The world's very first conversation experiment between a robot and humans is in a position to be launched. Developments for the Kirobo development called after "Kibo" or simply hope in Japanese and "robot," gathered in Tokyo at to show the humanoid robots speak. "Russia was the first to go to outer space, the United States was the first to go to the moon, then we wish Japan to be the first to send a robot-astronaut to outer space which has the ability to communicate with humans, " said Yorichika Nishijima, the Kirobo project manager.
The test is a partnership between promotion and PR company Dentsu Inc., the Research Center for Advanced Science and Technology, the University of Tokyo, Robo Garage and Toyota Motor Corp. Tomotaka Takahashi, Chief executive officer of Robo Garage Co. and associate professor at the University of Tokyo, said he hopes robots like Kirobo that hold conversations will eventually be used to assist astronauts working in space. "When people think of robots in outer space, they tend to seek ones that do things physically," stated Takahashi. "But I think there is something that could come from focusing on humanoid robots that focus on communication."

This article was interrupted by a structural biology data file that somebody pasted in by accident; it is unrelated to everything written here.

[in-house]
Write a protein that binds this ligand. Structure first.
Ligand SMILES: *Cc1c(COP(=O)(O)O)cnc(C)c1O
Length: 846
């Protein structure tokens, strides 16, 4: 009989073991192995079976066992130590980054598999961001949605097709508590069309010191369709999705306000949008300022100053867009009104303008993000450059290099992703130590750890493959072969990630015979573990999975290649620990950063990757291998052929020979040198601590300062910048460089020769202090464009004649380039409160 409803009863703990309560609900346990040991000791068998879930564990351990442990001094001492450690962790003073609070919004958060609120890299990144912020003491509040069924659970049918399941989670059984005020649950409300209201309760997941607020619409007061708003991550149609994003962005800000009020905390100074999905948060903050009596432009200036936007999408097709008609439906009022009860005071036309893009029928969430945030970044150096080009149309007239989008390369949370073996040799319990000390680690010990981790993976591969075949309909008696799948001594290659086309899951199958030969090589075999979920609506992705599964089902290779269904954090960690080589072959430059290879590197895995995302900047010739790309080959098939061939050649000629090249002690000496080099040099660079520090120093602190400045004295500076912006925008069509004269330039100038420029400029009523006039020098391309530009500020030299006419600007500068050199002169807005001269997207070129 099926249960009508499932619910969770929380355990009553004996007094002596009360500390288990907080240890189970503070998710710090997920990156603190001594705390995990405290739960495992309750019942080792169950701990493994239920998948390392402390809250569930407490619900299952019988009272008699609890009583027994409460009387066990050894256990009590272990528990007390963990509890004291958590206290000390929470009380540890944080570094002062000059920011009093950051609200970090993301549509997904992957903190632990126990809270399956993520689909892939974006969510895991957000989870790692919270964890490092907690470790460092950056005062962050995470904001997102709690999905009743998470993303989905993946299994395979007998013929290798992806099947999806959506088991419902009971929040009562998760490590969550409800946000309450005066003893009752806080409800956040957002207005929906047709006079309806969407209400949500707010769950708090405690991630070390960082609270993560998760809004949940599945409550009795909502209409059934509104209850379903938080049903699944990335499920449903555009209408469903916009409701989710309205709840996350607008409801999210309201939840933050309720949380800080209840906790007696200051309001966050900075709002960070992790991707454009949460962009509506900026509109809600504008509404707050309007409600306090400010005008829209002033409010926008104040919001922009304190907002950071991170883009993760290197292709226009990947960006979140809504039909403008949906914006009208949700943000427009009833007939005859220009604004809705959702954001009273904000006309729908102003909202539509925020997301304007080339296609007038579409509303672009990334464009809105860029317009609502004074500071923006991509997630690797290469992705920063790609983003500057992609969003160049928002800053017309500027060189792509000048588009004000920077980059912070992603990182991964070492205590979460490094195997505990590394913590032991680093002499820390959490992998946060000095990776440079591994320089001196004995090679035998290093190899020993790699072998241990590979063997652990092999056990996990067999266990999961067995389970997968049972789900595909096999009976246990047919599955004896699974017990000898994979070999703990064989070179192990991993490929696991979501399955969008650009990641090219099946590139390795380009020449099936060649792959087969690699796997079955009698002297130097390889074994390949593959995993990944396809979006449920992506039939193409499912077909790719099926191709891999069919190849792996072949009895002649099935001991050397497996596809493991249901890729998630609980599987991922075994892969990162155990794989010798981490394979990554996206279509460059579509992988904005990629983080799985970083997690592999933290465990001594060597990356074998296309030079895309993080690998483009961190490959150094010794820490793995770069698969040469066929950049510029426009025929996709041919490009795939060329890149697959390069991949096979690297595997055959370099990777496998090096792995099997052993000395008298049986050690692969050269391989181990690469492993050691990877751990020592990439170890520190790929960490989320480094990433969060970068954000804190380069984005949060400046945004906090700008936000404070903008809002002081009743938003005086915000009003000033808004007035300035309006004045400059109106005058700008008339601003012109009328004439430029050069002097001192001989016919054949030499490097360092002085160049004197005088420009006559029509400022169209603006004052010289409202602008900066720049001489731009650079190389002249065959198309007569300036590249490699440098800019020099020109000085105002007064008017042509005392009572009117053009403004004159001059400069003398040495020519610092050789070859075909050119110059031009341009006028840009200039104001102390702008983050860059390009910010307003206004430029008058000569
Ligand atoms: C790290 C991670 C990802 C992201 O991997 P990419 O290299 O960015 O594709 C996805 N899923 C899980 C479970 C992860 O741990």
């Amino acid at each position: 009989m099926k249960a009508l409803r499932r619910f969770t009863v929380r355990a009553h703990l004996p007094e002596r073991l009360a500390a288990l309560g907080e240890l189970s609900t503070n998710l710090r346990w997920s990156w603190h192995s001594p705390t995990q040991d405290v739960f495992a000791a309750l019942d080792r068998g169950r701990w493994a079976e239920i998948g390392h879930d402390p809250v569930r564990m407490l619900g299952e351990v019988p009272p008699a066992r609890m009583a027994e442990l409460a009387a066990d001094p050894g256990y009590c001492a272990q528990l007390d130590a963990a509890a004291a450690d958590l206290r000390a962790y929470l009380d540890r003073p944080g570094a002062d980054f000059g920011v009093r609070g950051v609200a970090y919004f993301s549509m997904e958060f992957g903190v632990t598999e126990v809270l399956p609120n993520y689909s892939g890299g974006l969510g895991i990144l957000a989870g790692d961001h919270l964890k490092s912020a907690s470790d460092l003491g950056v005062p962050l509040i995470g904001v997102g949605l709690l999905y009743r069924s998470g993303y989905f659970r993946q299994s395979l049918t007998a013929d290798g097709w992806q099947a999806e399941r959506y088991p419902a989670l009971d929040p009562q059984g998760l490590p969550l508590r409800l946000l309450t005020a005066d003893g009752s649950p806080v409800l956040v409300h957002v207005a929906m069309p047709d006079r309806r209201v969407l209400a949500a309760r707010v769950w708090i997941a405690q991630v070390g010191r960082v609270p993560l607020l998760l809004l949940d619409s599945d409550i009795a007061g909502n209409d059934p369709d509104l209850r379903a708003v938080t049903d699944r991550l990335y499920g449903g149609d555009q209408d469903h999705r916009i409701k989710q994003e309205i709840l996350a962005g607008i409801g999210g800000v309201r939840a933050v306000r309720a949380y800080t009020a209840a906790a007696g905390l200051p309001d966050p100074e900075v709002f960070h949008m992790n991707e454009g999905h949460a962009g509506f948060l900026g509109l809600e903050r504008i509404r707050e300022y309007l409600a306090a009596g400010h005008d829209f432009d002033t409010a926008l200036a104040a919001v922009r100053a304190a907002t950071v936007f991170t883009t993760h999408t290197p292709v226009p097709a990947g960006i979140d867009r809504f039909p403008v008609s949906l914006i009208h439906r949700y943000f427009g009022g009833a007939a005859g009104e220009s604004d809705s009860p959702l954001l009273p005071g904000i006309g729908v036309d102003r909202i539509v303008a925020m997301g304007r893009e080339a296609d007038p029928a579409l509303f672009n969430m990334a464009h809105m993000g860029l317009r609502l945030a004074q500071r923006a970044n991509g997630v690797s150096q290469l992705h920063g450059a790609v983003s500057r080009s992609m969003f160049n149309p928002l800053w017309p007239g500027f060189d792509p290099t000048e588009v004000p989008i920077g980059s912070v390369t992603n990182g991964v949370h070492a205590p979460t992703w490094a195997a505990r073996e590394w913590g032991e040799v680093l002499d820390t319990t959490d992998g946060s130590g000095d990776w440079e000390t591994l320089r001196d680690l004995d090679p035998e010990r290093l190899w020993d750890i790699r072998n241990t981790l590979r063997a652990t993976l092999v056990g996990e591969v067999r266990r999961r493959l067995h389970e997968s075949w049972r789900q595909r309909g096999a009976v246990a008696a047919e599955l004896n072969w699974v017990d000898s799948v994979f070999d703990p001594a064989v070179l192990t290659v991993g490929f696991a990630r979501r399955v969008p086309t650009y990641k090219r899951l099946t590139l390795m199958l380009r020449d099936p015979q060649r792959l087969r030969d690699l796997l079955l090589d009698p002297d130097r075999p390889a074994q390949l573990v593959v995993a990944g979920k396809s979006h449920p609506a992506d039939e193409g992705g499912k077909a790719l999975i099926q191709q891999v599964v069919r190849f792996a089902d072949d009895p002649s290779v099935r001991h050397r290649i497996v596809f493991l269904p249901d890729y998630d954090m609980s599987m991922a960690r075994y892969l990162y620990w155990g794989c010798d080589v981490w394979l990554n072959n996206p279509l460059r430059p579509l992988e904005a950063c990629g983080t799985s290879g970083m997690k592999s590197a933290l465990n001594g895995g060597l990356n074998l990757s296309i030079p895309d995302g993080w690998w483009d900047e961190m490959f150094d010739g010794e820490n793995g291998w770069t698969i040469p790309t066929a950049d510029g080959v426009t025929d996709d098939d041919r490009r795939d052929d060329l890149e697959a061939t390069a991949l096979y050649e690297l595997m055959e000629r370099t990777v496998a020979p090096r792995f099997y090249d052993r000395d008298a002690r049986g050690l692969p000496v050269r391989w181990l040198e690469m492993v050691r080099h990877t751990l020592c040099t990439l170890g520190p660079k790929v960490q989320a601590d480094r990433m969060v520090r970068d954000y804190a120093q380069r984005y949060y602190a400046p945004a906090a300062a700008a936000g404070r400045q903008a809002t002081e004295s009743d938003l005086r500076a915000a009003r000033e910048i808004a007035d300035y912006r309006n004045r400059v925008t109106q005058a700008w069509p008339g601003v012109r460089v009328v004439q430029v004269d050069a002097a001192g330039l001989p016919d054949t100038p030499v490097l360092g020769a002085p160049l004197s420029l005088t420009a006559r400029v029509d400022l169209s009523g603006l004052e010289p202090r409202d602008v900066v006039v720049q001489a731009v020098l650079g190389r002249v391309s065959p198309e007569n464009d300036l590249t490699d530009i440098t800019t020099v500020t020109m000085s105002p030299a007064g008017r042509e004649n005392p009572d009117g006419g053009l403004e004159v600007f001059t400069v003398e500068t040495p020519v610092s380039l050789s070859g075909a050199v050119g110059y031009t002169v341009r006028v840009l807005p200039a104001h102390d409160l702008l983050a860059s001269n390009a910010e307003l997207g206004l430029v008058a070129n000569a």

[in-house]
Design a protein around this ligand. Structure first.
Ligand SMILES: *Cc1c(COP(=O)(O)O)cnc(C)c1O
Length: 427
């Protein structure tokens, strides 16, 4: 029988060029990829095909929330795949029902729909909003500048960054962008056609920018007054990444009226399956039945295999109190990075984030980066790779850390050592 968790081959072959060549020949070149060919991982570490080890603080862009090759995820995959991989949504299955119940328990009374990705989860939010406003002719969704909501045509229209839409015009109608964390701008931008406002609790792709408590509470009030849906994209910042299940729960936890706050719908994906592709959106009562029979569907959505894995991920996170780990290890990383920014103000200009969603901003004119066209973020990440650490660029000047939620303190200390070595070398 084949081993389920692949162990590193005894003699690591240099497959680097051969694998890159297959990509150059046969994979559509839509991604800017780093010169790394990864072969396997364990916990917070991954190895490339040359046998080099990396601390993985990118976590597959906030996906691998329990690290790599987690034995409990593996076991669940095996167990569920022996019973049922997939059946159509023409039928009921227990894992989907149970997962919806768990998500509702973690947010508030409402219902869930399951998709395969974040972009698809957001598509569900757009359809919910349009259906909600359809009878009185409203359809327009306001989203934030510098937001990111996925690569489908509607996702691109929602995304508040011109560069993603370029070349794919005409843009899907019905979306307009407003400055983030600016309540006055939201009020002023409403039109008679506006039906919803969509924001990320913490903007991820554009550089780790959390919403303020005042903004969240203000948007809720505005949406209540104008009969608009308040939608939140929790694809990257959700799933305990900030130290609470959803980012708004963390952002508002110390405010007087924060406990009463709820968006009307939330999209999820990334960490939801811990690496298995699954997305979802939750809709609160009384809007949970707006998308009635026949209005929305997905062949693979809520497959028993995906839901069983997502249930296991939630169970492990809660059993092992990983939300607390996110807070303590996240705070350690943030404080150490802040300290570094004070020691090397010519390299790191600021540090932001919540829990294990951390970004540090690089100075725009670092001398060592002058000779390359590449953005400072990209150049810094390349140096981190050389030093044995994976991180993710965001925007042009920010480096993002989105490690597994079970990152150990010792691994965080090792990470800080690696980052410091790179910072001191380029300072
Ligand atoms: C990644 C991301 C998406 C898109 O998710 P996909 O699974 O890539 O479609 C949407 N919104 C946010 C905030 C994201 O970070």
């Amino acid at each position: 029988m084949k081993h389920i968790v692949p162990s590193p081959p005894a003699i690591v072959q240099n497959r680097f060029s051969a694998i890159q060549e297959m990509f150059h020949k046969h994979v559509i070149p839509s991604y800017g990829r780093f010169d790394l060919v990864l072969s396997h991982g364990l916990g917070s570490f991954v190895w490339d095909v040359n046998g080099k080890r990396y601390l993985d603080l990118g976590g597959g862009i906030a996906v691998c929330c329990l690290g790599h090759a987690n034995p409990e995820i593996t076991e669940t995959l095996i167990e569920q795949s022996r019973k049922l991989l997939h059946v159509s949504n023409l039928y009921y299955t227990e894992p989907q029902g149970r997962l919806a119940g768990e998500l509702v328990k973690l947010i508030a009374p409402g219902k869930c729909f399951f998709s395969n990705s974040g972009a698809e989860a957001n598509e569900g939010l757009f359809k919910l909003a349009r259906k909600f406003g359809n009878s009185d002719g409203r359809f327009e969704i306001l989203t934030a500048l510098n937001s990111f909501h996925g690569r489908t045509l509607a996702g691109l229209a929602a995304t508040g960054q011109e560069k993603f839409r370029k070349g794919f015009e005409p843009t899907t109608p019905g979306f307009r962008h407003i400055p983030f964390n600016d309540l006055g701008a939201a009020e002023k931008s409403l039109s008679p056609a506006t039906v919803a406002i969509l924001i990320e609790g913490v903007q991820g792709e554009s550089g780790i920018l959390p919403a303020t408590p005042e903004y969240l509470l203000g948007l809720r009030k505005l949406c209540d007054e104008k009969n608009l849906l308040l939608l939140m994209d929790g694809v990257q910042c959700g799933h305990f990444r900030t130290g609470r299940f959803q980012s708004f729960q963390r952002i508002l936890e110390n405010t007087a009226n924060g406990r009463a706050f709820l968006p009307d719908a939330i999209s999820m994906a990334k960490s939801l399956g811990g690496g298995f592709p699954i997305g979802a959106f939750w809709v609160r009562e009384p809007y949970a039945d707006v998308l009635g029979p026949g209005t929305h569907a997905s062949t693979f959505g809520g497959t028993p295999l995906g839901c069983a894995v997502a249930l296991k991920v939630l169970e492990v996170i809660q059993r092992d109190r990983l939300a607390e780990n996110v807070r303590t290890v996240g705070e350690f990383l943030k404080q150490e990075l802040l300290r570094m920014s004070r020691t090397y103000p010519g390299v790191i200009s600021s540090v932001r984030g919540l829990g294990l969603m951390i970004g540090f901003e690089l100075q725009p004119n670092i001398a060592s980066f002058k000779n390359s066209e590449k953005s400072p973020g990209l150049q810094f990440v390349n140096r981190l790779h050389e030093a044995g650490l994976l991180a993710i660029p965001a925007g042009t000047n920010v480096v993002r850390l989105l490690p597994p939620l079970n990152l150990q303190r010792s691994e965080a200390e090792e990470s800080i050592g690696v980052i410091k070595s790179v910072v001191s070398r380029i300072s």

Due to the fact that Kirobo will not require carrying out physical activities, it is really small compared to the majority of robots that get deep into. Kirobo is around 34 centimeters in height (13 inches) and weighs in approximately 1 kilogram (2 .2 pounds). The land-based counterpart Mirata seems to be almost precisely the same however is not made to go into outer space. Rather, it offers the ability to know by means of the conversations it has.
At the time of the demonstration, Fuminori Kataoka, project general manager from Toyota, asked Kirobo what its dream was. "I want to create a future where humans and robots can live together and get along," it answered. Kirobo is scheduled to be launched from the Tanegashima Space Center on August 4, 2013.